Newport Jazz Festival 2014 Concert Review

Real music lovers can find the melody in everything. From the park to the concert hall, our friend Nelson Brill is always on the hunt for great sound. In this article, Nelson recounts performances from Cecile McLorin Salvant and Aaron Diehl at the 2014 Newport Jazz Festival.


by Nelson Brill         August 23, 2014

The 60th Anniversary edition of the Newport Jazz Festival shot out of its blocks on Friday, August 1st with a runner’s glee, firing on all cylinders in the mid-day heat of a beautiful day in Newport, Rhode Island. There was a sense of anticipation at the crack of the start gun, because this was the day set aside for showcasing new and vital artists on that joyous marathon of human endeavor we call Jazz. And, as if the radiant heat of the sun was not enough, vocalist Cecile McLorin Salvant took the stage at the Ertegun Fort Stage with her trio and performed a set of such charisma, joy and radiance that there was a feeling that nothing was impossible, nothing unobtainable, in this gathering of friends and music to celebrate Newport Jazz this year.


Ms. Salvant’s eclectic set began with the original composition and title track from her glorious debut album, Woman Child [Mack Avenue Records,] here given a rendition filled with exuberant scatting and bursts of vocals that traced high arcs and deep, shadowy attacks. “Woman Child” displayed one of Salvant’s most stunning vocal gifts: her ability to be absolutely sure of pitch and phrase (and so light on her feet) that every vocal soar and swoop is effortlessly mercurial and self-assured. Her pitch definition and control reminds one of a bird in flight (thinking here of a Belted Kingfisher, a sleek blue and white bird frequently found hovering over small ponds to catch small fish): starting out on a solid branch (of one pitch and tone); then flitting to many heights and depths inventively and effortlessly (over a creative range of notes and pitches); then returning to the precise branch and height as before, (that same first note and pitch) with complete control and ease.

Appropriate to her “Belle of the Ball” role in her Friday set at Newport, Salvant re-invented Richard Rodger’s snazzy little ditty, “The Step Sister’s Lament” (from the television version ofCinderella), and turned it into a frothy (vocal) dessert filled with buoyant lyrics and sweet, biting sarcasm. Her ability to mine the emotional depths of her chosen songs was also beautifully displayed by Savant’s rendition of the sardonic tune, “Nobody” (taken fromWoman Child and written by Bert Williams, a black comedian and actor in the early 1900’s who was the first to break into the world of white vaudeville) and “What’s The Matter Now”. On both tunes, Salvant sang with deep intonation and feeling. Her deep gospel-inspired vocal plunges contrasted with the biting lyrics of these songs that she delivered in quick, clear diction- like gleaming shards of glass. A final highlight to her set was her inventive take on “What A Little Moonlight Can Do,” a song made famous by Billie Holiday. Salvant unfolded this ballad slowly and deliberately exploring all of its nooks and crannies. At one point, she scatted and cooed with sweet inflections and then held a solid high note for a (seemingly eternal) period of time; all to hit home her charged delivery of this smoldering ballad. She left the stage with the crowd still buzzing about her dazzling vocal presence and the extraordinary beauty and winsome nature of her performance.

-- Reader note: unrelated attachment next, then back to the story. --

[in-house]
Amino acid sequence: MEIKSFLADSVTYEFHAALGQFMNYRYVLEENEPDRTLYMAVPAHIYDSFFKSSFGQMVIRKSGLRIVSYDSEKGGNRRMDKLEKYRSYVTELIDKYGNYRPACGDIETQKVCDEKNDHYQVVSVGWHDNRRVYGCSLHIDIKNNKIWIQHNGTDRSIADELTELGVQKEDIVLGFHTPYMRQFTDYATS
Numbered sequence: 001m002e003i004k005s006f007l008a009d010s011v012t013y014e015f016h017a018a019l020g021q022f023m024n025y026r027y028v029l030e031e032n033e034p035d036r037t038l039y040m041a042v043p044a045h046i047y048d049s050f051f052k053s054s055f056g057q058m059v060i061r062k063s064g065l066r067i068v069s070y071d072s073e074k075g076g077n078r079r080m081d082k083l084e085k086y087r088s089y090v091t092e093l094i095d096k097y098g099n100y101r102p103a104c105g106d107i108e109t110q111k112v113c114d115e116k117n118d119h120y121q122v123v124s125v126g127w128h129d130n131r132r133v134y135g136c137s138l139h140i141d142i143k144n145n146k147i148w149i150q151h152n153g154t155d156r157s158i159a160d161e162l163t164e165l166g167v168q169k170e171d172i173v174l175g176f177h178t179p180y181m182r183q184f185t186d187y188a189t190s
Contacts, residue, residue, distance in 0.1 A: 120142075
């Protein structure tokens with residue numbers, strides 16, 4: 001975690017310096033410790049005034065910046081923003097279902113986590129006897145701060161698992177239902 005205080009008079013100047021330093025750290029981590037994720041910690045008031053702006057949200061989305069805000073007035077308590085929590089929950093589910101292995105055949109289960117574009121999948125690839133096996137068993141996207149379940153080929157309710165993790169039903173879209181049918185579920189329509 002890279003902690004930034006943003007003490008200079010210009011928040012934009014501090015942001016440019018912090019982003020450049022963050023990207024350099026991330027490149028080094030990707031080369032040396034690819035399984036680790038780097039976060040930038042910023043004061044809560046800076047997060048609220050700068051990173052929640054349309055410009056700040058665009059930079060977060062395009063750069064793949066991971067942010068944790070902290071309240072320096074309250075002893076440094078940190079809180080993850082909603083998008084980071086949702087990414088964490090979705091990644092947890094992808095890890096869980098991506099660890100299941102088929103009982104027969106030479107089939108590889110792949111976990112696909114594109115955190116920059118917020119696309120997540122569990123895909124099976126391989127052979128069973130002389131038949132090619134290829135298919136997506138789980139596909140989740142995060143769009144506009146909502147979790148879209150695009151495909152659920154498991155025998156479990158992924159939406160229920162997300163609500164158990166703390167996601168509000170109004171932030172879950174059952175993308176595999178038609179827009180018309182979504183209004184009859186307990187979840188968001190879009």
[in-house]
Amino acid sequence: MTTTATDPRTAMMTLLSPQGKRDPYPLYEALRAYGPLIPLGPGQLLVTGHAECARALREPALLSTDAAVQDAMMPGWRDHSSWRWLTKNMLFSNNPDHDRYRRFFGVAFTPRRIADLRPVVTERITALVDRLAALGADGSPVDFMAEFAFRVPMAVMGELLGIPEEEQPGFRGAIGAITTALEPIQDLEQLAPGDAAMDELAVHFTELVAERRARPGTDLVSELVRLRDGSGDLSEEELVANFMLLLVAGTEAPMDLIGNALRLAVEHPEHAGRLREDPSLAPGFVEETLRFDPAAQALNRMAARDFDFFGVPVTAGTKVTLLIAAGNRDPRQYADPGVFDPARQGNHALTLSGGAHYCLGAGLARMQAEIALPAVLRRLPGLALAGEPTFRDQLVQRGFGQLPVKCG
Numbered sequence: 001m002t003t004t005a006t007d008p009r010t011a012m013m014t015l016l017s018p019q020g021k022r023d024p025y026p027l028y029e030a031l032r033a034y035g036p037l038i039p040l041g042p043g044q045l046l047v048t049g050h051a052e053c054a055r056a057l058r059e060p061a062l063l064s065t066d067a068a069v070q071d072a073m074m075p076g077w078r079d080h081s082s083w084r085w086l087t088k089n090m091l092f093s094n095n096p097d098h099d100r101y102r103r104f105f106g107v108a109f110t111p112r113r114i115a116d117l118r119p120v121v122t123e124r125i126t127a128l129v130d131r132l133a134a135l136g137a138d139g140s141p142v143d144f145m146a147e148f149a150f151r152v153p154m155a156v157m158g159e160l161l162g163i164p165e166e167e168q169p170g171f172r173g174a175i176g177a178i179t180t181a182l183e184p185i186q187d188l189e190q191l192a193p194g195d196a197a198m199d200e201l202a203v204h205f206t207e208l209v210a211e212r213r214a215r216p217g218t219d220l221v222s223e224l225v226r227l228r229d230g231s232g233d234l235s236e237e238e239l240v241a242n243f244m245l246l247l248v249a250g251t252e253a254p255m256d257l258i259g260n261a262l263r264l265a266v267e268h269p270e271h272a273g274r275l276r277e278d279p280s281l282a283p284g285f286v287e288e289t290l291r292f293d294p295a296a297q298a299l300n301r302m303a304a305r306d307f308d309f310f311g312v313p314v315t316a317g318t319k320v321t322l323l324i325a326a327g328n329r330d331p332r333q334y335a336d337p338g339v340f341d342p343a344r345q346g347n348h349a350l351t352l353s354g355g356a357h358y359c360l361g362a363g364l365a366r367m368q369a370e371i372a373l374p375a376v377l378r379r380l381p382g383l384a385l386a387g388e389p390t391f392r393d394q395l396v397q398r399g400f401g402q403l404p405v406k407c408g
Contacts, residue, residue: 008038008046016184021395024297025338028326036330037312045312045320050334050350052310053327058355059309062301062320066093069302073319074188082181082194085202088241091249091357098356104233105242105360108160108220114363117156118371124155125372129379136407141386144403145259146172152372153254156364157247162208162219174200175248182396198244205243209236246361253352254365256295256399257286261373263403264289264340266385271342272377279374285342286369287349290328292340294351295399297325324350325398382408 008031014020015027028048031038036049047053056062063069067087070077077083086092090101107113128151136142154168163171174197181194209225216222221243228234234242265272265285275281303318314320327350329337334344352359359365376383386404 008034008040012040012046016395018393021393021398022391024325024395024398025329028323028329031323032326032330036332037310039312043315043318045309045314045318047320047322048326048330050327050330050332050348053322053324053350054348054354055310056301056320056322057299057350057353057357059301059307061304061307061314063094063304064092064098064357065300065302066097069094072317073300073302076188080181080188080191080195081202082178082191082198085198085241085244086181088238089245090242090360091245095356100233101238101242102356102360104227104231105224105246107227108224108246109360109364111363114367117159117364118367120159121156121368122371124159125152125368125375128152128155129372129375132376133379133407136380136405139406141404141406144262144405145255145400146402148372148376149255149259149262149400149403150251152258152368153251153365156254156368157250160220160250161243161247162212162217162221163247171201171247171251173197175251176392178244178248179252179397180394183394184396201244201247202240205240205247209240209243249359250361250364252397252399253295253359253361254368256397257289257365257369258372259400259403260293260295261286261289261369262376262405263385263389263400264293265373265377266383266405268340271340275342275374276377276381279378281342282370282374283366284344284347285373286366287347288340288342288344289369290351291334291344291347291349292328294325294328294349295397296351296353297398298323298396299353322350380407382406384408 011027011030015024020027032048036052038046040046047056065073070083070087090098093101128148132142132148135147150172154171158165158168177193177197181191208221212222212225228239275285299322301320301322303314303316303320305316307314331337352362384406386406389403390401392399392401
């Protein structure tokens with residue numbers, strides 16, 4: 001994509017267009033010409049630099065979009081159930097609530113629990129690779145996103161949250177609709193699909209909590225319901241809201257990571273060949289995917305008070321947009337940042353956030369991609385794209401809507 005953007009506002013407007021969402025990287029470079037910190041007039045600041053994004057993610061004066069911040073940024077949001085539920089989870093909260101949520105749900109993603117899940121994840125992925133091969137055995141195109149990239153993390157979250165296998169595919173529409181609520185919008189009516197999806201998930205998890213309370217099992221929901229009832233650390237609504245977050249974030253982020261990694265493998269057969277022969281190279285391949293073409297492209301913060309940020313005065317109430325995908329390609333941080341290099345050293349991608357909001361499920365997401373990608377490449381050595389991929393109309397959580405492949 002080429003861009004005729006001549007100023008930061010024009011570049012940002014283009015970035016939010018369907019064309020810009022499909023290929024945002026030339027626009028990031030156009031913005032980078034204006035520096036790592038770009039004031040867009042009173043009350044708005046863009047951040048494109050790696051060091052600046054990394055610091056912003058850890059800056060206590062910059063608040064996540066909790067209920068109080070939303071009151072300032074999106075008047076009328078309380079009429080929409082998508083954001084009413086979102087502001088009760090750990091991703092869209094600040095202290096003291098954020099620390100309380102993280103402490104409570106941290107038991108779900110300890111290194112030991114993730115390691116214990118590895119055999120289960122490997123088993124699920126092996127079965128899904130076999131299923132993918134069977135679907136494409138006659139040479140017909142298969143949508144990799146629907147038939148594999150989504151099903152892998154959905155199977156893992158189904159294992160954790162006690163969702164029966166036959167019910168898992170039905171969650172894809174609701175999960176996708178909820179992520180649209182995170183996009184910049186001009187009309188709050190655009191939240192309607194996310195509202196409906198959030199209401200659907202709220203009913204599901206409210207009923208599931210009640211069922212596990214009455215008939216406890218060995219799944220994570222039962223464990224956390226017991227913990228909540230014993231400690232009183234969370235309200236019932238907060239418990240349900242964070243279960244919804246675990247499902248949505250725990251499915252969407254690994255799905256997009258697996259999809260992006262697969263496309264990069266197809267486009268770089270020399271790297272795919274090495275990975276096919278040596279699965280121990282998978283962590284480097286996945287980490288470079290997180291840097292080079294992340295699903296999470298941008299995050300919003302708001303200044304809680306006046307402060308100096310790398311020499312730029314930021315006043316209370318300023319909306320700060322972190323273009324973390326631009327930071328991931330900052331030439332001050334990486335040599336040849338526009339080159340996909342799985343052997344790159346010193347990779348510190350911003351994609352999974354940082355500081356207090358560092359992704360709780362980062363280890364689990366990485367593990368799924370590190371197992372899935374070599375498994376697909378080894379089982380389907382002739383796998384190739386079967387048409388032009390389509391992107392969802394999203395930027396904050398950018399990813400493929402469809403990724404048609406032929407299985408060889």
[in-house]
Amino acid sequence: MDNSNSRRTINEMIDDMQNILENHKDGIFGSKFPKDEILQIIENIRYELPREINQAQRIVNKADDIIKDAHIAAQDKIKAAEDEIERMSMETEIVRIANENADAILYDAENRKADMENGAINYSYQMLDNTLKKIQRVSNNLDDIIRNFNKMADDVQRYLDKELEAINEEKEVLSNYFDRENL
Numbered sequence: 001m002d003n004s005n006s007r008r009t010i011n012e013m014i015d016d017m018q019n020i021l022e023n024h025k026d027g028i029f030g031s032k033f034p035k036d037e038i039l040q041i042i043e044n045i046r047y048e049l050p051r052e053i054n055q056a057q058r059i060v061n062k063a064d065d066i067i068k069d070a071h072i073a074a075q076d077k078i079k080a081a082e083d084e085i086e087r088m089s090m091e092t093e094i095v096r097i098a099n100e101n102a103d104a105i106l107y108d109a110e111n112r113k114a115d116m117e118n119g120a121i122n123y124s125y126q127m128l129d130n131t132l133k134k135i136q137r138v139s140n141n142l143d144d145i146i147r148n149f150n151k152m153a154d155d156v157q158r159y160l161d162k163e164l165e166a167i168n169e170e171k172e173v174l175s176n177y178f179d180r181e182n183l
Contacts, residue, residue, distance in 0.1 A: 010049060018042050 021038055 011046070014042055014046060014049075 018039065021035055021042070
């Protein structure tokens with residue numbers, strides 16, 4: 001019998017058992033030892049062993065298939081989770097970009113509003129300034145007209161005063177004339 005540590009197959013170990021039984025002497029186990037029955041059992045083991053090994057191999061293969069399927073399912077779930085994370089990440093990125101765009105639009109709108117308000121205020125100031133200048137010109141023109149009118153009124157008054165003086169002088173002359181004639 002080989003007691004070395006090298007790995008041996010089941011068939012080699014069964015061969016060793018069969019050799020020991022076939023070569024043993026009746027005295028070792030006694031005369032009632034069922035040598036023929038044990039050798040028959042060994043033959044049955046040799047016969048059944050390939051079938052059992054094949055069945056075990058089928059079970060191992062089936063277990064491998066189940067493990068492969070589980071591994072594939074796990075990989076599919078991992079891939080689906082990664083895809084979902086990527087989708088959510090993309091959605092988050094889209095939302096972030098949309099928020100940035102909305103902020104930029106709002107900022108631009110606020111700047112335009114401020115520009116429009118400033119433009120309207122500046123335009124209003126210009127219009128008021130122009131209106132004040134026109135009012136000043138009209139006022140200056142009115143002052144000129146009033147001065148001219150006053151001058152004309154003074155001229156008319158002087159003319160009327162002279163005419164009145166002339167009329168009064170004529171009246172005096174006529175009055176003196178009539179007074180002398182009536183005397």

Salvant could not have orchestrated her feats of magic at Newport without the sympathetic partnership of her superb trio, which included her longtime collaborator, Aaron Diehl, on piano; Paul Sikivie on bass and Lawrence Leathers on drums. Throughout the performance, Sikivie slowly unfurled his bass lines with ease and Leathers’ drums were a solid foundation. Leathers’ solo on “Moonlight” matched Salvant’s vocal fervor with his own roving invention that combined soft bass drum rumbles with crisp snare snaps.


Finally, no review of this performance can overlook pianist Aaron Diehl. He proved again at Newport that he is one of the most brilliant (and dapper!) pianists of his generation. (